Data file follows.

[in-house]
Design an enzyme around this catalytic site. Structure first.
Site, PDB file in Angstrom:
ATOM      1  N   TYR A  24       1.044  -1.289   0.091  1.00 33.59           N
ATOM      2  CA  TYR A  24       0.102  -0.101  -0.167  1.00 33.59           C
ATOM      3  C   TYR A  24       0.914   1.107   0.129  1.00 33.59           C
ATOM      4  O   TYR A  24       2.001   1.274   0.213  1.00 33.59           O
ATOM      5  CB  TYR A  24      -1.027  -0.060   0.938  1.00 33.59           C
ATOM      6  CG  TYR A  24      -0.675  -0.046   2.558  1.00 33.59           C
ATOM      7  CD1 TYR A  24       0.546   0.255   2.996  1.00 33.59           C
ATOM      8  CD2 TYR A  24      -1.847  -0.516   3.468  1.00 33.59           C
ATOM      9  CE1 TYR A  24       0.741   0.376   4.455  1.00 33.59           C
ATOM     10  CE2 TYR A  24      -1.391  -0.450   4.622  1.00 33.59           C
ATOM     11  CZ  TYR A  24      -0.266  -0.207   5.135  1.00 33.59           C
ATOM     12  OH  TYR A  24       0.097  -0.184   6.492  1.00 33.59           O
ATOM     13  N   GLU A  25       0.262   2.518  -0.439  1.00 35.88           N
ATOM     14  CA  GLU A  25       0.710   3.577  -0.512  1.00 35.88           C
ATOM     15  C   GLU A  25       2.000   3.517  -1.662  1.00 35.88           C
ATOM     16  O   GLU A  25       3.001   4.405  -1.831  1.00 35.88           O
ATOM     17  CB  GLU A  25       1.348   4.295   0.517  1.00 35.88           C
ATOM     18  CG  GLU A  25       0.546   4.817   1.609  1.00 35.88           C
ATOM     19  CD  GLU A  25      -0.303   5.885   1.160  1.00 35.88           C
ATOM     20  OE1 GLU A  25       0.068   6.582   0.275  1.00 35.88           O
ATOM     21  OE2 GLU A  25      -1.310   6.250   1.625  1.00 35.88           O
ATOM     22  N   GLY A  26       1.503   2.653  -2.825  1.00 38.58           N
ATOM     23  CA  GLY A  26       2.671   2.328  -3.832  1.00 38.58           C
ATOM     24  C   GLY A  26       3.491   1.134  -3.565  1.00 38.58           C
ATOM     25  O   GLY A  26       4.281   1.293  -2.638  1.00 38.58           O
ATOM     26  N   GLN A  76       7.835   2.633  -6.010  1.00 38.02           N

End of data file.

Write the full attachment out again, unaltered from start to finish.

[in-house]
Design an enzyme around this catalytic site. Structure first.
Site, PDB file in Angstrom:
ATOM      1  N   TYR A  24       1.044  -1.289   0.091  1.00 33.59           N
ATOM      2  CA  TYR A  24       0.102  -0.101  -0.167  1.00 33.59           C
ATOM      3  C   TYR A  24       0.914   1.107   0.129  1.00 33.59           C
ATOM      4  O   TYR A  24       2.001   1.274   0.213  1.00 33.59           O
ATOM      5  CB  TYR A  24      -1.027  -0.060   0.938  1.00 33.59           C
ATOM      6  CG  TYR A  24      -0.675  -0.046   2.558  1.00 33.59           C
ATOM      7  CD1 TYR A  24       0.546   0.255   2.996  1.00 33.59           C
ATOM      8  CD2 TYR A  24      -1.847  -0.516   3.468  1.00 33.59           C
ATOM      9  CE1 TYR A  24       0.741   0.376   4.455  1.00 33.59           C
ATOM     10  CE2 TYR A  24      -1.391  -0.450   4.622  1.00 33.59           C
ATOM     11  CZ  TYR A  24      -0.266  -0.207   5.135  1.00 33.59           C
ATOM     12  OH  TYR A  24       0.097  -0.184   6.492  1.00 33.59           O
ATOM     13  N   GLU A  25       0.262   2.518  -0.439  1.00 35.88           N
ATOM     14  CA  GLU A  25       0.710   3.577  -0.512  1.00 35.88           C
ATOM     15  C   GLU A  25       2.000   3.517  -1.662  1.00 35.88           C
ATOM     16  O   GLU A  25       3.001   4.405  -1.831  1.00 35.88           O
ATOM     17  CB  GLU A  25       1.348   4.295   0.517  1.00 35.88           C
ATOM     18  CG  GLU A  25       0.546   4.817   1.609  1.00 35.88           C
ATOM     19  CD  GLU A  25      -0.303   5.885   1.160  1.00 35.88           C
ATOM     20  OE1 GLU A  25       0.068   6.582   0.275  1.00 35.88           O
ATOM     21  OE2 GLU A  25      -1.310   6.250   1.625  1.00 35.88           O
ATOM     22  N   GLY A  26       1.503   2.653  -2.825  1.00 38.58           N
ATOM     23  CA  GLY A  26       2.671   2.328  -3.832  1.00 38.58           C
ATOM     24  C   GLY A  26       3.491   1.134  -3.565  1.00 38.58           C
ATOM     25  O   GLY A  26       4.281   1.293  -2.638  1.00 38.58           O
ATOM     26  N   GLN A  76       7.835   2.633  -6.010  1.00 38.02           N